• $('#id').toggle() - hides or shows the element. You can also provide a boolean for show and hide or duration and callback for it to fade out etc.
AJAX Functions
  • $('#id').load() - loads HTML data from the server. It provides capabilities to get parts of html by providing selectors or if the page takes arguments, we can send the arguments as well using JSON object. It also provides a call back function after the load is completed.
  • $.get(url,data,callback,type) - fires a get request. data is data sent to the server. callback contains the data returned from server apart from other arguments such as textStatus and jqXHR which is jquery XML Http Request object. type is the type of data server will return (HTML, XML, JSON)
  • $.getJson(ur, data, callback) - similar to get with type = JSON.
  • $.post(url,data,callback,type) - fires a post request. rest is same as get.
  • $.ajax({//settings json object}) - the low level api. Load, Get, Post all of them ultimately fire ajax function. ajax function arguments can be provided in the form of a json object and it provides more control with what we want to do with ajax calls.
CSS Selectors
  • #id word following after # is the id of the element to which css can be applied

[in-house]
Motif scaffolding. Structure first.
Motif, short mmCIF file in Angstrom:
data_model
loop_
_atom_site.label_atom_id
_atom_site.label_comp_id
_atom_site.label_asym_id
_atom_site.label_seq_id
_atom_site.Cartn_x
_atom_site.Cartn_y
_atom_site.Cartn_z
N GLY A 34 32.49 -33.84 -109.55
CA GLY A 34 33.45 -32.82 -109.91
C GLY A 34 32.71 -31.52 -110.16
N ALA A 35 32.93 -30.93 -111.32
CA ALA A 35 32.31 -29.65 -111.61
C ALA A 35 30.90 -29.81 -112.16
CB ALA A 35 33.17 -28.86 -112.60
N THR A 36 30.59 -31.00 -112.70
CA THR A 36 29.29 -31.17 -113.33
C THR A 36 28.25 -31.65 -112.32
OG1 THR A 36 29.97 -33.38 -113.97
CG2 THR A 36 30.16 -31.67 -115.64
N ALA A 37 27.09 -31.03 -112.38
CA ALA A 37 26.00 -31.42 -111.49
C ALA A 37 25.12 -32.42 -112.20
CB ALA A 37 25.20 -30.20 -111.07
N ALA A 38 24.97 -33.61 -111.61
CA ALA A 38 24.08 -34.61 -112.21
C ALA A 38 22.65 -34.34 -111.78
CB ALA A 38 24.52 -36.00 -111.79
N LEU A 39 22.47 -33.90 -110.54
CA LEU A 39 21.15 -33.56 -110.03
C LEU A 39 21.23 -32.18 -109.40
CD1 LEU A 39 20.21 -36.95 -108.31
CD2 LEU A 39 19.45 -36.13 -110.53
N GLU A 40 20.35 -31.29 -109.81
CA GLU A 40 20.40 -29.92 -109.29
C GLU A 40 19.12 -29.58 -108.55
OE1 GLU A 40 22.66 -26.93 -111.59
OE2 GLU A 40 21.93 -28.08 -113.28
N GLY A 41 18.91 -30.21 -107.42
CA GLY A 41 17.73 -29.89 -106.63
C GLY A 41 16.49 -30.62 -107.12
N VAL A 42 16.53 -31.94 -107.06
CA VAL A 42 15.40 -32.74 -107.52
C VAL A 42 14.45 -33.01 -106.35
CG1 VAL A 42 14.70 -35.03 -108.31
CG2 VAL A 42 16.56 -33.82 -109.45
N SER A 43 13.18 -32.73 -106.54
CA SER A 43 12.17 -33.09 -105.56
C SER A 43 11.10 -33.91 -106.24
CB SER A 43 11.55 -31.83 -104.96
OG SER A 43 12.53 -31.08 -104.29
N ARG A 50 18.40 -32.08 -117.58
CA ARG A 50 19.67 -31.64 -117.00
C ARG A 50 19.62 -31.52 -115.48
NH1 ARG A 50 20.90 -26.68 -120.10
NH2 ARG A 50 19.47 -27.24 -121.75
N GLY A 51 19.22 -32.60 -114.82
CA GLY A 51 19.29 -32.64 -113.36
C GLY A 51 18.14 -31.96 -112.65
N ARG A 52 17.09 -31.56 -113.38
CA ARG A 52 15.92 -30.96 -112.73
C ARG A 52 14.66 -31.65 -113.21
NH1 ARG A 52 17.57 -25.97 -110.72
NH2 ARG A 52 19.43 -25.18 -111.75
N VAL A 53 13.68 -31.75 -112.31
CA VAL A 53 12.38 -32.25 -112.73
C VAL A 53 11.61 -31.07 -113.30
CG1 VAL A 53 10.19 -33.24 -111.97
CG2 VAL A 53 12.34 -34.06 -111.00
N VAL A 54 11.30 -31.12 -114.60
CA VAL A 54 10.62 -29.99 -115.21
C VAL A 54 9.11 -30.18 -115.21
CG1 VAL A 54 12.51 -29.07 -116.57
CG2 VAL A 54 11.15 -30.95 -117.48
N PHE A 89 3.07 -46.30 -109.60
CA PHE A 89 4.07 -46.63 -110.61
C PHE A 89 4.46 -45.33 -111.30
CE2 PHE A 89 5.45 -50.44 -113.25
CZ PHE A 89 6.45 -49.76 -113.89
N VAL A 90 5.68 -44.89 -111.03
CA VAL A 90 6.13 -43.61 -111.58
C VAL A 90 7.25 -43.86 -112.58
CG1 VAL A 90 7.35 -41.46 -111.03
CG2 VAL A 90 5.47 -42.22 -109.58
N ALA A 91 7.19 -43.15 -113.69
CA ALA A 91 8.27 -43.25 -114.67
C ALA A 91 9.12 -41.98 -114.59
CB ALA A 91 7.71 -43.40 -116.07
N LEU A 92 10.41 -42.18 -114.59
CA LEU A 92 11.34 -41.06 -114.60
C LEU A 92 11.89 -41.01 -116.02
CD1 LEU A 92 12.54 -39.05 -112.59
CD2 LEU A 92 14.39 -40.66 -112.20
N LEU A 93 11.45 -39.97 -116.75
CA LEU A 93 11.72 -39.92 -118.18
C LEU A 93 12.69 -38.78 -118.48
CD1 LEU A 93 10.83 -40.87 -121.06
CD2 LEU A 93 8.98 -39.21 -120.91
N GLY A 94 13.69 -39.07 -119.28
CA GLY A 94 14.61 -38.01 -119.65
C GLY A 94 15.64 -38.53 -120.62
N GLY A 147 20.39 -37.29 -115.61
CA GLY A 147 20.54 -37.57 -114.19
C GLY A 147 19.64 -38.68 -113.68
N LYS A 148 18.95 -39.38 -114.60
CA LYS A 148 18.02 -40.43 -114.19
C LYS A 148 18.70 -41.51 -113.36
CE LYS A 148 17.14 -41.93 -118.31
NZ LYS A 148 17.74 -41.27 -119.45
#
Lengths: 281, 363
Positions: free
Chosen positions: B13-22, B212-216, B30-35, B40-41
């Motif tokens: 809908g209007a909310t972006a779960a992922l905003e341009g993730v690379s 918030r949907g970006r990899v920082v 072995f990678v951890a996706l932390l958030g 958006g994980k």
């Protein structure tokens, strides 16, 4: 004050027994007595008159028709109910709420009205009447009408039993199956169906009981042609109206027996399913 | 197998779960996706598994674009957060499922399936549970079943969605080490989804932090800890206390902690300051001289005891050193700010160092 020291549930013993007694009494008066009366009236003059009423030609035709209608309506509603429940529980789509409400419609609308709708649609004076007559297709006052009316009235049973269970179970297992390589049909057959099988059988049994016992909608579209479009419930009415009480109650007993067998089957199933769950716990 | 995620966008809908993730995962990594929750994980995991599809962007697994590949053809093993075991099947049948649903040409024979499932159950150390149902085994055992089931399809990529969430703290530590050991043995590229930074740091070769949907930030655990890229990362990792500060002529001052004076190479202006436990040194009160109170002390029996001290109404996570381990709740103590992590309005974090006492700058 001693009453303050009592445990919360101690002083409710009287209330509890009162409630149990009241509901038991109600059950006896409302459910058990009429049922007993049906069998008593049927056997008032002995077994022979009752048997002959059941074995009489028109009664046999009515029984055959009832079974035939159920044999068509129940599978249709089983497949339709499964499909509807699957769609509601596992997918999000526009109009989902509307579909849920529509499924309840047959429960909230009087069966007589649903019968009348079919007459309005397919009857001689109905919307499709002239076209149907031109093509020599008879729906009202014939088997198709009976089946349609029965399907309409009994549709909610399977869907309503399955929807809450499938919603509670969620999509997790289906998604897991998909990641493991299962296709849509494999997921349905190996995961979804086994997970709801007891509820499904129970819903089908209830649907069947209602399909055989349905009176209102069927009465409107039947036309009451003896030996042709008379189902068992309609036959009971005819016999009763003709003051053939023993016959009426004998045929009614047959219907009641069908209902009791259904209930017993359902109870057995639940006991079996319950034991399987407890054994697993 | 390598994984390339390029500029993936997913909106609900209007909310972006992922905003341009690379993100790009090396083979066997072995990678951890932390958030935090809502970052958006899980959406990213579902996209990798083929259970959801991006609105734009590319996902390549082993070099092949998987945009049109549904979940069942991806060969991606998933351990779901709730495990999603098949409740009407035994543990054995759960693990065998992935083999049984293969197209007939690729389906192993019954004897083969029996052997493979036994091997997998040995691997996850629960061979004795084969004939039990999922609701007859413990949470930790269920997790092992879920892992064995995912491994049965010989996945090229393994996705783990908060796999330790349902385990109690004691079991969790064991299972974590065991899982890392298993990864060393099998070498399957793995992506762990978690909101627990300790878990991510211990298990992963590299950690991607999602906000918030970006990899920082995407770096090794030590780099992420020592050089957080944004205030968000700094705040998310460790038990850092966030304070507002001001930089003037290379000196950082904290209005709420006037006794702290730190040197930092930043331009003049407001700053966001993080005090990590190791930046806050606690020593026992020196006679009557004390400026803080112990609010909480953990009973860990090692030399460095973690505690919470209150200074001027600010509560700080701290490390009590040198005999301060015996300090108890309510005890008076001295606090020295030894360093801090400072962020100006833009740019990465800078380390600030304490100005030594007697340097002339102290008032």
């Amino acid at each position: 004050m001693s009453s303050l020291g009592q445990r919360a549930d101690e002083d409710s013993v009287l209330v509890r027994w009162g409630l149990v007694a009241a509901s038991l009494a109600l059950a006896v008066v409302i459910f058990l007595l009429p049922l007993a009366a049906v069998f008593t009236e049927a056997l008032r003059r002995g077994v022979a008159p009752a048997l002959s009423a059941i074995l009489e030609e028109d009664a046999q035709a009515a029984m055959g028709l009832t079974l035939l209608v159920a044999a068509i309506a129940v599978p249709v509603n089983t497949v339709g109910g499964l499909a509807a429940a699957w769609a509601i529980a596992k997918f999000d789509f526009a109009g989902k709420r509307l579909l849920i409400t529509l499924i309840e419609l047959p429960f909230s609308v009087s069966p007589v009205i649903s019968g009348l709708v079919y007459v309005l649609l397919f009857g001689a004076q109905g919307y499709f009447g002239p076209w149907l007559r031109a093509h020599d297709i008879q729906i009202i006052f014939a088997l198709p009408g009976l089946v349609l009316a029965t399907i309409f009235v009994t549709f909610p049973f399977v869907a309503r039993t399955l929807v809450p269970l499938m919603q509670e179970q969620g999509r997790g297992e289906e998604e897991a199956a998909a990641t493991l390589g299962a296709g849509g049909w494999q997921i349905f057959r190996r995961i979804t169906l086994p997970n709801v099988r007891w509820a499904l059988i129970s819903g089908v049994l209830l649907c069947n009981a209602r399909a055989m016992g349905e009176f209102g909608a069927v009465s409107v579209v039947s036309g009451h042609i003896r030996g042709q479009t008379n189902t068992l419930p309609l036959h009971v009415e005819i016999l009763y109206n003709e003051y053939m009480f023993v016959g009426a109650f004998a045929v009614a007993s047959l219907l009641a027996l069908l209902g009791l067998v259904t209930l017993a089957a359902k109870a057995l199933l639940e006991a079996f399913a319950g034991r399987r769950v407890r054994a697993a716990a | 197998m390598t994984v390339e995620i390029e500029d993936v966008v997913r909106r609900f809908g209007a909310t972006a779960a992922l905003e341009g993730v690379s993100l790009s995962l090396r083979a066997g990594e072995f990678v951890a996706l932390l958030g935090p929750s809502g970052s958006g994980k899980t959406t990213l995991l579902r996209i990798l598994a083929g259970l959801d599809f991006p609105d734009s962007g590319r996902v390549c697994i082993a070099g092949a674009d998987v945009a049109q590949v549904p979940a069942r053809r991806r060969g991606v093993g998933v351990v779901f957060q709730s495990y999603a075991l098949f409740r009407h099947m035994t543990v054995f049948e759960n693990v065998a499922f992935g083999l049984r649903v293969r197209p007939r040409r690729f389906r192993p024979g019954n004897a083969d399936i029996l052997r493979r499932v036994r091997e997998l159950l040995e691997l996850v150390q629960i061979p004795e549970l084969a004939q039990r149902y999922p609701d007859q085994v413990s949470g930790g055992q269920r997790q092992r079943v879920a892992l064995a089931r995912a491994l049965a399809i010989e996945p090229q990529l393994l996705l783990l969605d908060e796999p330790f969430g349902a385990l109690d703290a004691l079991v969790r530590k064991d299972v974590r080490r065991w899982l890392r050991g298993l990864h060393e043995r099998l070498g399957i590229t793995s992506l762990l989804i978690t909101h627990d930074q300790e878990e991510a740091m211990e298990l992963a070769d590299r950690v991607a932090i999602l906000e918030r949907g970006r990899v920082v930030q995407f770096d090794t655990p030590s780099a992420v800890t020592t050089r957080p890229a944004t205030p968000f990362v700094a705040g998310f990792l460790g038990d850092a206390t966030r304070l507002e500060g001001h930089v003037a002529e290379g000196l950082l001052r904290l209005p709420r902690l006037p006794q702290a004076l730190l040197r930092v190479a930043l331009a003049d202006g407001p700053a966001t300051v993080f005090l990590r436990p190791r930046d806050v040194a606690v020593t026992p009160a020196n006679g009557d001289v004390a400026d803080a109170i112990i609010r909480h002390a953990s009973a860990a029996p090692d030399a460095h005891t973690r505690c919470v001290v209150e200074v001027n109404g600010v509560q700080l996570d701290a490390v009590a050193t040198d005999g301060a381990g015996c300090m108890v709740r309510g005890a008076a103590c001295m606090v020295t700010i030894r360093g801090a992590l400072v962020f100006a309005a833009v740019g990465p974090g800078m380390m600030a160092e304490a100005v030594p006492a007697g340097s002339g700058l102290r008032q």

• .class word following after . is the class of elements to which css can be applied
Other Notes
  • Document.Ready is called when the page is loaded. i.e HTML DOM is loaded. It may mean that all images have not been loaded yet but DOM is loaded.
  • keyword this represents the raw DOM object while $(this) represents the raw DOM object wrapped inside jquery. Therefore, $(this) has jquery methods available to it while this does not. this has access to raw properties though.
  • CDN benefits - faster, cached, 99.9% uptime. Good for internet apps. For Intranet better to have your own copy.


Anonymous said...

tq brother,,,, its easy to understantd... its like spoon feeding... tq tq tq...

Anonymous said...

json getting data is super .... nice way of presentation..